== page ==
7. Messaging. For some events, consider not leading with the term “GIS” or “spatial analysis” might puzzle or alienate some. Consider “Mapping” or “Spatial Thinking” or “Geo-enabling your …” or Telling Your Story through Maps. I realize that “mapping” is not the end goal – it is admittedly an oversimplification, but it in one word at least gets to some of our message that is at least understandable to someone browsing an event program.
8. Spreadsheets to Maps. If you only have a short time, show (1) a table / spreadsheet; demonstrating attempting to understand it as is, but then show (2) a map of that same spreadsheets’ data. The spreadsheet could be earthquake epicenters, location of hydroelectric dams, countries with high birth rates, or another topic that would resonate with your audience.
9. Create story Maps to help people understand what GIS is – such as the Titanic with spatial distribution and graphs showing quantitative data. Create story maps for campuses, events, or convention centers where you will be presenting. The message is, if you create a story map in the day or hour before the event, so can your audience! They are easy to create and yet powerful.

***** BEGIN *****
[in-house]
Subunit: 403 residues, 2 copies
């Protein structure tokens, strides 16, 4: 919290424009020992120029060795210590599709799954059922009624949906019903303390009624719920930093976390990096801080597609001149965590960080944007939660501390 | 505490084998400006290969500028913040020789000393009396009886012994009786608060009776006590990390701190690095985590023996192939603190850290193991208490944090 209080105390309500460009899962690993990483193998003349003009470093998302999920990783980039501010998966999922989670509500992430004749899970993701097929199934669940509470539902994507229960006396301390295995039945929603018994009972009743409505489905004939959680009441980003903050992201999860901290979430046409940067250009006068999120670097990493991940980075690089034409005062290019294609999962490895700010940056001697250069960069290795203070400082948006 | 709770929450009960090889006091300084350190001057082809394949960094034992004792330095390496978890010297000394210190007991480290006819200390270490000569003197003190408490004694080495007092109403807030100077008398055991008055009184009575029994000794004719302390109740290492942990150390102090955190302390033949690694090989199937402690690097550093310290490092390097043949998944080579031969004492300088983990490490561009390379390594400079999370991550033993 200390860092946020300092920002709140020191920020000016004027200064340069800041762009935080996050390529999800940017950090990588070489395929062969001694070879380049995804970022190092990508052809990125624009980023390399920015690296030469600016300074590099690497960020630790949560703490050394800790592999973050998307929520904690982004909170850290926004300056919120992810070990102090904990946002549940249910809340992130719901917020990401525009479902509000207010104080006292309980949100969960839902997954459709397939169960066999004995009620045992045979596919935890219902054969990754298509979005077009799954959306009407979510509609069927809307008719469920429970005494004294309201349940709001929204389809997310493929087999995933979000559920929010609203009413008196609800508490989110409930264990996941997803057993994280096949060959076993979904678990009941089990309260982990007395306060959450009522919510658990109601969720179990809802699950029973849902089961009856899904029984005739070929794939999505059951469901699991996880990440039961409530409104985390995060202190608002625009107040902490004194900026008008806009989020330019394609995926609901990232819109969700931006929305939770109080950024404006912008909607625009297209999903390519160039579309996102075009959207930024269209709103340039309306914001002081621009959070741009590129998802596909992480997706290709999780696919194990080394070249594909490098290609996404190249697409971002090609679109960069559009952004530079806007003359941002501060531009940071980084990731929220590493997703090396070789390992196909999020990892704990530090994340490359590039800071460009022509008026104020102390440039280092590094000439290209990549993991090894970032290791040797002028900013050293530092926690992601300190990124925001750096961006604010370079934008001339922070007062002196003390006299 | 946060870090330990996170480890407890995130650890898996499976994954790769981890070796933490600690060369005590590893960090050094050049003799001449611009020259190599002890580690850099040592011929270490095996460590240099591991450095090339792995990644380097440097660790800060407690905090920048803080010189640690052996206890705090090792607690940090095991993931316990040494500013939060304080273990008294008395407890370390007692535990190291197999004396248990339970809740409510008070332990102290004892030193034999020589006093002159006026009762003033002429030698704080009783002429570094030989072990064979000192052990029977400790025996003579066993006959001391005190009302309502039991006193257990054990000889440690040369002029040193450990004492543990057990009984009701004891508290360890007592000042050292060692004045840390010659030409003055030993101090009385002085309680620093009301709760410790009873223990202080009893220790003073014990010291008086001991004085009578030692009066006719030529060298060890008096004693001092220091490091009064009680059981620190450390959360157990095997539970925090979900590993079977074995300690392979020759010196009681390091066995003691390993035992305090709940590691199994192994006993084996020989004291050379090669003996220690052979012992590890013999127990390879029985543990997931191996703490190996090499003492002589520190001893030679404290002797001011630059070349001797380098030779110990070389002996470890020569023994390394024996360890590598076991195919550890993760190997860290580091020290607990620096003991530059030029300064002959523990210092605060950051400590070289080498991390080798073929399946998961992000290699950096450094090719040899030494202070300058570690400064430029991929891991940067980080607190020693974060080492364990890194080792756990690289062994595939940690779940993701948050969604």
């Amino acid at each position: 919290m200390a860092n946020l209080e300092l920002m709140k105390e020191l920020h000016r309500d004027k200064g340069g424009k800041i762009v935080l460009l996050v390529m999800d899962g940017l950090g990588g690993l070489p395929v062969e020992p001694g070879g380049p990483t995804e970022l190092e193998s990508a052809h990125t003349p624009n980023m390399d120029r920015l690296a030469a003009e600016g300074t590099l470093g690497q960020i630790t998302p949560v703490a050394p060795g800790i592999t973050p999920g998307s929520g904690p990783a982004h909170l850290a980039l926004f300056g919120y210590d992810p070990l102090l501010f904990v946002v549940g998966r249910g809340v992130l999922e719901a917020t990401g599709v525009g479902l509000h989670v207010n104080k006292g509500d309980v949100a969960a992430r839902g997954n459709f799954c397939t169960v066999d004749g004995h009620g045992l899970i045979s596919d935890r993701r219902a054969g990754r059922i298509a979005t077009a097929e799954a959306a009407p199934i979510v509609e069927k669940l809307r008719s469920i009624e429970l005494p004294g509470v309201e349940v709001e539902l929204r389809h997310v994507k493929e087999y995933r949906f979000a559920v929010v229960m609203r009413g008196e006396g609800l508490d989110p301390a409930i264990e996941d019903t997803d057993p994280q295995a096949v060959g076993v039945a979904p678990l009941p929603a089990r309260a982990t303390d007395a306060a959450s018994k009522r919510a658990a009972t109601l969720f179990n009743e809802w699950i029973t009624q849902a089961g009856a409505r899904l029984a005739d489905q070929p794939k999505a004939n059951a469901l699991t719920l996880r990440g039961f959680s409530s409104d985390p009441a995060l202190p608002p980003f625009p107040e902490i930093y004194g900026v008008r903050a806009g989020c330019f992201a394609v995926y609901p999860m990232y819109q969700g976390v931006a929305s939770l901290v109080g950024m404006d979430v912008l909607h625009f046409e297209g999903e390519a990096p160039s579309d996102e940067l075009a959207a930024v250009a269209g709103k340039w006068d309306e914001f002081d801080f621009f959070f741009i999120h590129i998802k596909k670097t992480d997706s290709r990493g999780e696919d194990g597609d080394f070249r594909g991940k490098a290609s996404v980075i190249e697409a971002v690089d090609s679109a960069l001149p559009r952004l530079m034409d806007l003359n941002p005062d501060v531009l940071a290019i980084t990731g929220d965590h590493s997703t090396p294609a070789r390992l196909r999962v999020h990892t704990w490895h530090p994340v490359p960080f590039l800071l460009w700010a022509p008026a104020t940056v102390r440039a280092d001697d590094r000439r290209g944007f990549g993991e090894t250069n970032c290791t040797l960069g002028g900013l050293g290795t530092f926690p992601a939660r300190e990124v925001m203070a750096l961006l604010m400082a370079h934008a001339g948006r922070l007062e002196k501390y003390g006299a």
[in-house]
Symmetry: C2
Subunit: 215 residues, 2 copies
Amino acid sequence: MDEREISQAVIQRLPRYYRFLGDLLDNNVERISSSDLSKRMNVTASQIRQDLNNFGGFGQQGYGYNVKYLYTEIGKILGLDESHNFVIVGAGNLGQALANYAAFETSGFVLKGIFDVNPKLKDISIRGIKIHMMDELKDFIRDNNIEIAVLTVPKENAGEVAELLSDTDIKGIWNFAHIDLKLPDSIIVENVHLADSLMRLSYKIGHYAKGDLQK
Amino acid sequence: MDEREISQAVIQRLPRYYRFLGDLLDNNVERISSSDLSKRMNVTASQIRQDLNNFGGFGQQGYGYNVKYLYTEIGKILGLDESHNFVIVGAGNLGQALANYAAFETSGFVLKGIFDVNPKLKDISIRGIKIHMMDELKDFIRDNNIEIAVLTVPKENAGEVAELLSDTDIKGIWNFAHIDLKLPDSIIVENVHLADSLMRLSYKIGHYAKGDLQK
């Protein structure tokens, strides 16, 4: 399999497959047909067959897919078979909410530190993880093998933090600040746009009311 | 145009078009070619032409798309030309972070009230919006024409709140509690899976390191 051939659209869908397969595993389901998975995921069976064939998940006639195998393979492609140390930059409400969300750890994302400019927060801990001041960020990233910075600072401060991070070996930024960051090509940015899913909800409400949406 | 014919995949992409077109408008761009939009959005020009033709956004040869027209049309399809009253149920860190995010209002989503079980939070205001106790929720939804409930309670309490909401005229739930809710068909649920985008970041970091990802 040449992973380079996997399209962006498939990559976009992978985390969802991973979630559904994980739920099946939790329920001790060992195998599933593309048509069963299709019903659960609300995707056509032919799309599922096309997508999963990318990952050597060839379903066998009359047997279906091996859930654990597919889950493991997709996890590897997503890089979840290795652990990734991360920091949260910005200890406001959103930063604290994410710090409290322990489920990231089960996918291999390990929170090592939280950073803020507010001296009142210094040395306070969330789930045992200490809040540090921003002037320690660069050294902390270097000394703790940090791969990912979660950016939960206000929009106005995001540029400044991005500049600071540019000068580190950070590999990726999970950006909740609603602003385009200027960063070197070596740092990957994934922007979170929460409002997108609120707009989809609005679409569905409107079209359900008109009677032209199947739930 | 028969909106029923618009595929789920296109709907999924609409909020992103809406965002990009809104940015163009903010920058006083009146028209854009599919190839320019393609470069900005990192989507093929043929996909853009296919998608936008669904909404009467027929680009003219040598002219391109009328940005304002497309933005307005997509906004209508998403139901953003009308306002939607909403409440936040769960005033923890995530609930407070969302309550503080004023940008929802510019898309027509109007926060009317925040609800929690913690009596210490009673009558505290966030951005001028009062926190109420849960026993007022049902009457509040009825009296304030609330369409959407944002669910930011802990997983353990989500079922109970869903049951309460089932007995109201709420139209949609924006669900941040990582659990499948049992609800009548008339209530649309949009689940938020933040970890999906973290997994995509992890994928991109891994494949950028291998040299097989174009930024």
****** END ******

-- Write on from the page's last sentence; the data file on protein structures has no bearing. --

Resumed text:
10. Incorporate Spatial Analysis. Show, in ArcGIS Online, simple but powerful examples of spatial analysis, including the use of the Esri spatial analysis poster: My live examples in ArcGIS Online usually include mapping earthquakes or some other natural hazard, some current event, John Snow’s cholera points, wells, and city streets, or mapping a specific business in a metro area, and creating a hot spot analysis, route, spatial interpolation, or heat map from it.
11. Show current, real world events using multimedia and ArcGIS Online, making a Geo-News out of it and encouraging your audience to do the same.
12. Use Simple but effective web maps to demonstrate and discuss: 600 world cities, plate tectonics with earthquakes, tornadoes, watersheds (drop pin and trace downstream), Starbucks locations, compare locations of two different types of businesses in your community; population change, median age, diversity, and tapestry segmentation. All of these activities are searchable in this blog.